Lily Rothman watches the above trailer and snarks, “If there was ever any question whether director Wes Anderson’s next film, The Grand Budapest Hotel, would look like a Wes Anderson film, those doubts are hereby assuaged.” Marc Tracy, on the other hand, applauds the director’s dependable style:
Consistency is today the hallmark of our most valuable artists. There is so much stuff produced now—so many movies and albums and books and articles and magazines and browser tabs and Internet memes and hashtag jokes and autotuned crying babies and athlete Instagrams and museum shows and, yes, blog posts. Sometimes word of mouth (or extremely good publicity) guides us to what we should be devoting our ever-diminishing quantity of attention to; occasionally we might be really lucky to happen upon the thing itself. Most of the time, though, we miss what is great, and what is good is not fully appreciated, divorced as it is from a larger context. Increasingly, everything, even works of art, feel like really good BuzzFeed posts: Charming, satisfying, and completely self-contained.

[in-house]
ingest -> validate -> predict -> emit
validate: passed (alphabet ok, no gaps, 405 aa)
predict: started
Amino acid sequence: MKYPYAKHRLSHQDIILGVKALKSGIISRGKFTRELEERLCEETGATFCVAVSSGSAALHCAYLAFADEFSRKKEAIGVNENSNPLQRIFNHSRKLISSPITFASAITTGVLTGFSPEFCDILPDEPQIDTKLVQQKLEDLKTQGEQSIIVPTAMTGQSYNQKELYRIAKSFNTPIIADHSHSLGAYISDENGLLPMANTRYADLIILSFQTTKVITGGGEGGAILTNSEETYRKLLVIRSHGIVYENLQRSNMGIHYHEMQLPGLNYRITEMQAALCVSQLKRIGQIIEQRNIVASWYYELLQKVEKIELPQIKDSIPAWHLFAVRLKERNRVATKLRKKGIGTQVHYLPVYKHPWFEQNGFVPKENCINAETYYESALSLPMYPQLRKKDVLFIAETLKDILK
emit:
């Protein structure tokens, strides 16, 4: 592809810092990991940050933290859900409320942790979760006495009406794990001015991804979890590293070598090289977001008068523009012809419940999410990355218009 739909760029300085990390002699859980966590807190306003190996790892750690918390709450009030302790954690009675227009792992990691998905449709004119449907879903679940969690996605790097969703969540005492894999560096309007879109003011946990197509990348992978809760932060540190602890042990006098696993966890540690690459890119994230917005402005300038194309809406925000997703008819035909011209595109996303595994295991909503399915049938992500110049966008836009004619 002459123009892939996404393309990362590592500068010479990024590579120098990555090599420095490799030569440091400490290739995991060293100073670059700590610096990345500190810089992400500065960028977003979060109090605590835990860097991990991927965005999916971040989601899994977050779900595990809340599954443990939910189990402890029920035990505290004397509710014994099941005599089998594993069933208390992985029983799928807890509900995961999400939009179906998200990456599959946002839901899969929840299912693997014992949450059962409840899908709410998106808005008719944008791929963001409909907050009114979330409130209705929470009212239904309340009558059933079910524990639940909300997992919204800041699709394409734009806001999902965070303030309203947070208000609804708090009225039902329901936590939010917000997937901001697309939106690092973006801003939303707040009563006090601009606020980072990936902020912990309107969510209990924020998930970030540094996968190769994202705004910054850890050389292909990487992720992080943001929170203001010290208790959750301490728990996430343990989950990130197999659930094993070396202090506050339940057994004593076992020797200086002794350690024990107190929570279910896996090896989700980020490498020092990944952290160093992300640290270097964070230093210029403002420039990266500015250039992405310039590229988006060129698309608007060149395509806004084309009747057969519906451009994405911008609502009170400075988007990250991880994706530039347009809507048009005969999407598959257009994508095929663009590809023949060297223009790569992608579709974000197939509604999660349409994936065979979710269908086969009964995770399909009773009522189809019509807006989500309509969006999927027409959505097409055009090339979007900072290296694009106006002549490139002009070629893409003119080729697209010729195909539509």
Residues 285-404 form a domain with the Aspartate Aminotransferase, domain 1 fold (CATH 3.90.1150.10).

Works produced by artists like Anderson are different. There is inherent virtue to their having a dominant style, even if any individual one is bad. It gives us something to talk about (and to read books about: New York’s Matt Zoller Seitz has a brand-new volume on Anderson). It gives us someone to argue over. It gives us a context in which to enjoy something.